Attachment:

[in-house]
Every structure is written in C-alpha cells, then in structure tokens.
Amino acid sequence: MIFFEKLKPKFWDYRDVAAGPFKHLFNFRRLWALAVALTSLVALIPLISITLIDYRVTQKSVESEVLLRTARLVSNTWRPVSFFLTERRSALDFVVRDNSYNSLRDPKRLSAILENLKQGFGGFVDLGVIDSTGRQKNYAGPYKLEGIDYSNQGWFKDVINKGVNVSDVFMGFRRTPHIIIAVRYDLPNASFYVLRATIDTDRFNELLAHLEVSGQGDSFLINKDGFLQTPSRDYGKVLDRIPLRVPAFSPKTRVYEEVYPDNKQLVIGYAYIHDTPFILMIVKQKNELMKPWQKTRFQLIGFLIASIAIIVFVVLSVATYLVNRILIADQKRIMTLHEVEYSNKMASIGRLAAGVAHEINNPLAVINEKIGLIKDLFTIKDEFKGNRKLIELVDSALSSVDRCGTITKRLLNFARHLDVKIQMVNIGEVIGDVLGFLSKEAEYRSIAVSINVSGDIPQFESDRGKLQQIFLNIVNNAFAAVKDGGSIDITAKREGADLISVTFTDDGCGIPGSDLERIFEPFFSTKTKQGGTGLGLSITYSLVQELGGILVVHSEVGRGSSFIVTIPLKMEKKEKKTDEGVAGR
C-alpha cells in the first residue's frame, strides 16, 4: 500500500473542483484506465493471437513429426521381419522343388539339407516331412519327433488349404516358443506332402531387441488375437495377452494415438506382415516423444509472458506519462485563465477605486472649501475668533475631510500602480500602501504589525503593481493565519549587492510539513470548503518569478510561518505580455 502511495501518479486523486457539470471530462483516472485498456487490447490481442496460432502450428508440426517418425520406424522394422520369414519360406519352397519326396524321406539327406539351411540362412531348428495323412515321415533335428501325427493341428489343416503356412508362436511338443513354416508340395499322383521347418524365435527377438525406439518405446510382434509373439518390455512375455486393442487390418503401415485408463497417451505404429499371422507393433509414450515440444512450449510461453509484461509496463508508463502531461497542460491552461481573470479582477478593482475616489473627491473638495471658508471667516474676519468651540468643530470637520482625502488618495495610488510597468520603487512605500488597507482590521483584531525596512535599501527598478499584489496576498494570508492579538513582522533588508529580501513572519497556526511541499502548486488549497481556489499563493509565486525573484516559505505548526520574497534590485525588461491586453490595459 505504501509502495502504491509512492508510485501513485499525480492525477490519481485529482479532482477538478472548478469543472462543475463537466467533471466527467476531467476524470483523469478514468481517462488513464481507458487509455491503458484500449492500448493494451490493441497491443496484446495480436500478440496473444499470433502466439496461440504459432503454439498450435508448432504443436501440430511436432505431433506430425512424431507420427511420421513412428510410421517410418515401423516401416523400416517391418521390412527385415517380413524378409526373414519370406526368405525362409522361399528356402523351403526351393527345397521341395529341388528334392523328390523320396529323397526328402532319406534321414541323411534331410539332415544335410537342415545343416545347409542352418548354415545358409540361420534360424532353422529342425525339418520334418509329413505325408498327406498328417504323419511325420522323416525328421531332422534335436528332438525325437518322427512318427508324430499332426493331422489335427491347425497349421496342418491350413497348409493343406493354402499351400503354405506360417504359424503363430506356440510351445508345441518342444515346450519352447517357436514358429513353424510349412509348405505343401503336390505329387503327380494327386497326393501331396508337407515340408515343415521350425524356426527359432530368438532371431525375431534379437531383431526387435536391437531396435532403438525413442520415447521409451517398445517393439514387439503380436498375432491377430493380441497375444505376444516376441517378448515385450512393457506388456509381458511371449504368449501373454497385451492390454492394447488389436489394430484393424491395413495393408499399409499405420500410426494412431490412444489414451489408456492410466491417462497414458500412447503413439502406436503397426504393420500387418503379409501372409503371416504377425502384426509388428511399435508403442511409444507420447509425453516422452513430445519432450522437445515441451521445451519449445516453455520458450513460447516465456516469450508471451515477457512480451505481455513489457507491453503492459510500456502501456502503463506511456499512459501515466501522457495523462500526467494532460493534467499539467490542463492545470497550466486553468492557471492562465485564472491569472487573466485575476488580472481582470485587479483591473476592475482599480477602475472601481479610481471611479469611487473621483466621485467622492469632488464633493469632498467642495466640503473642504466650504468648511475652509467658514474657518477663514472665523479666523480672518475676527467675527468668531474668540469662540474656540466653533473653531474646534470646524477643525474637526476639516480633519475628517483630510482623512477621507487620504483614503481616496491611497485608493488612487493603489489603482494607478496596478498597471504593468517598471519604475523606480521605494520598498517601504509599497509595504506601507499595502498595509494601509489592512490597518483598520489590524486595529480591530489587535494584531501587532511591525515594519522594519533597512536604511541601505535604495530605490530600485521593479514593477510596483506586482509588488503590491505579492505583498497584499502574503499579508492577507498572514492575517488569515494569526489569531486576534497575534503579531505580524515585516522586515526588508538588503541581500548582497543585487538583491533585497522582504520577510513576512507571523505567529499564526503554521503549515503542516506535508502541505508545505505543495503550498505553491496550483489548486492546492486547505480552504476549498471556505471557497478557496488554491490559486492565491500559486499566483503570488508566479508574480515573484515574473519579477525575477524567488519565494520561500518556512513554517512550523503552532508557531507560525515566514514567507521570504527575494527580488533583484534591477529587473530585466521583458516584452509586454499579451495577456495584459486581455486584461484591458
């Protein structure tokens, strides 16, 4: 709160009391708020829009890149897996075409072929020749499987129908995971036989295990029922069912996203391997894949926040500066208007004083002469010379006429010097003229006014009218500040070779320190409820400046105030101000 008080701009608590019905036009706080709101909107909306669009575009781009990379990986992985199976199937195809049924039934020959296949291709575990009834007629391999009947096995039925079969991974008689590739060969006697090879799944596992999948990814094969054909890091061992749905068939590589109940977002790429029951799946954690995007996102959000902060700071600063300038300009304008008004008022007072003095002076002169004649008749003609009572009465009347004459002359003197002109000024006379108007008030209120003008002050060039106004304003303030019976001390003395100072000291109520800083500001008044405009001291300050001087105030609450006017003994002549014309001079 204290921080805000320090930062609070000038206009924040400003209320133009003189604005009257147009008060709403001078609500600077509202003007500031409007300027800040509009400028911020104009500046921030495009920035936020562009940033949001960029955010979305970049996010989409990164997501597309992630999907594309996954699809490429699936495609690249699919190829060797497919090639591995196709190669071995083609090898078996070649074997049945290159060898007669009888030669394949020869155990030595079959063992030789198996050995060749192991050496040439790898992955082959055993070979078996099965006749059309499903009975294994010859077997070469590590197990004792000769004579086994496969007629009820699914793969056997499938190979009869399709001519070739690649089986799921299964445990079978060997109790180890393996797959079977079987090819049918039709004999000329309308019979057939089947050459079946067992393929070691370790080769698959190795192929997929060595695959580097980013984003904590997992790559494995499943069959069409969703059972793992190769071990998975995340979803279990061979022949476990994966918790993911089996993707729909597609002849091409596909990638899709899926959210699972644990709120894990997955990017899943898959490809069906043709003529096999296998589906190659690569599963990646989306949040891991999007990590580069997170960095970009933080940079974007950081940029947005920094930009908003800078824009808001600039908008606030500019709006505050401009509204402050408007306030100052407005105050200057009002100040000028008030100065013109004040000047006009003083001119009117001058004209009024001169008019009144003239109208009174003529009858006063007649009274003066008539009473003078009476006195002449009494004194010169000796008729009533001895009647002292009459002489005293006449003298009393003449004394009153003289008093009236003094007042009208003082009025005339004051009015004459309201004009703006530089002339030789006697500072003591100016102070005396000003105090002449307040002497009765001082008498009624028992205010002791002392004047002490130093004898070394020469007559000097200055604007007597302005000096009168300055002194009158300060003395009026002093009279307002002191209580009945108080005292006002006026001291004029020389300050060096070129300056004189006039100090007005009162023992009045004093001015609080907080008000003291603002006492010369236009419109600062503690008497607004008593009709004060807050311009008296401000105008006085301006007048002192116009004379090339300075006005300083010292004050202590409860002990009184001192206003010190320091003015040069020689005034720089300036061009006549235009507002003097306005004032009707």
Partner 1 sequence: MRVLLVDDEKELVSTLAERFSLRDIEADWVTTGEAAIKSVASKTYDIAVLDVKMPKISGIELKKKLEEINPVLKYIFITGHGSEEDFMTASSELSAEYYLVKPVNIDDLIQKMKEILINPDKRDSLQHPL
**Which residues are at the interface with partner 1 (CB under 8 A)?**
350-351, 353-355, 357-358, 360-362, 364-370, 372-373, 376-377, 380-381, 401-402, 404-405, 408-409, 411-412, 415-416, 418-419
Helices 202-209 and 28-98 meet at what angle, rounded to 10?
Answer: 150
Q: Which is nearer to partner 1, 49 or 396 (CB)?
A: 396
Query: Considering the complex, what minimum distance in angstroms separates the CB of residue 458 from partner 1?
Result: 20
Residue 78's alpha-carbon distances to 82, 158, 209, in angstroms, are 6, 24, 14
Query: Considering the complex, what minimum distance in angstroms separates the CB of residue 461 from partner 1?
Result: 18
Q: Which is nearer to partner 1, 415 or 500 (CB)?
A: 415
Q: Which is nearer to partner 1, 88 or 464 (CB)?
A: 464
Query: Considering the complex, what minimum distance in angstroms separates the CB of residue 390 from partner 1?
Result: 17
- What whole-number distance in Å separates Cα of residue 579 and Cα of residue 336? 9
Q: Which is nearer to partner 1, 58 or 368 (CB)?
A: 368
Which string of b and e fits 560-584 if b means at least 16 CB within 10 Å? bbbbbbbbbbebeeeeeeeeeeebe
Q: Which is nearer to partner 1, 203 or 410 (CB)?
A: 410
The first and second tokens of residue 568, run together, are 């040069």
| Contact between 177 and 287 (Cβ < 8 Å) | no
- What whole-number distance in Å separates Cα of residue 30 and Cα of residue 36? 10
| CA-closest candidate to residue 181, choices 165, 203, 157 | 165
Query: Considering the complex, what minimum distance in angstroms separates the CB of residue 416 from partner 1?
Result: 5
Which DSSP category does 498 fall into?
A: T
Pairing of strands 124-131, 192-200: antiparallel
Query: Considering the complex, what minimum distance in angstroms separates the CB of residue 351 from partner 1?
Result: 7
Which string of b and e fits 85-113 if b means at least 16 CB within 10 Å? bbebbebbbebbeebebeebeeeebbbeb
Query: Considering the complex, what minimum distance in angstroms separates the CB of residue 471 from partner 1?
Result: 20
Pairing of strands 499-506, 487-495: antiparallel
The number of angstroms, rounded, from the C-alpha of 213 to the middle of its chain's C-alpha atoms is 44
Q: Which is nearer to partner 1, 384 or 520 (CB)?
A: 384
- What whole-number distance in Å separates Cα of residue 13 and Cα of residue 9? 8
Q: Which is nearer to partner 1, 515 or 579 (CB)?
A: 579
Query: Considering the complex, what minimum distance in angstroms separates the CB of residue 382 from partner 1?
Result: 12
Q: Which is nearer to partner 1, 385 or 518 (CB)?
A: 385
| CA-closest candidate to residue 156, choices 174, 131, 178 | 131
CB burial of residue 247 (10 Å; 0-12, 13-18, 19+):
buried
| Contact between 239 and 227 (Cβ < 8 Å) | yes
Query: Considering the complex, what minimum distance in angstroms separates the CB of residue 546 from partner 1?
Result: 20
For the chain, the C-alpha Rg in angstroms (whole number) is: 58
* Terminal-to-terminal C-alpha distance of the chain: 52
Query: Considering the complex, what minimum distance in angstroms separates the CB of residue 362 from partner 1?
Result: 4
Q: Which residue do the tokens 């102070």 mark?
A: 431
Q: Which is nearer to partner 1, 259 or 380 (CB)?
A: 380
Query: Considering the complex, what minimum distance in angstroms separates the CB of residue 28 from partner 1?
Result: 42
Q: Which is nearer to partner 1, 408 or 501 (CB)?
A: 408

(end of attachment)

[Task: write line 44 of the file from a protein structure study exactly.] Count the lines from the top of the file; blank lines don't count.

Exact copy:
Pairing of strands 499-506, 487-495: antiparallel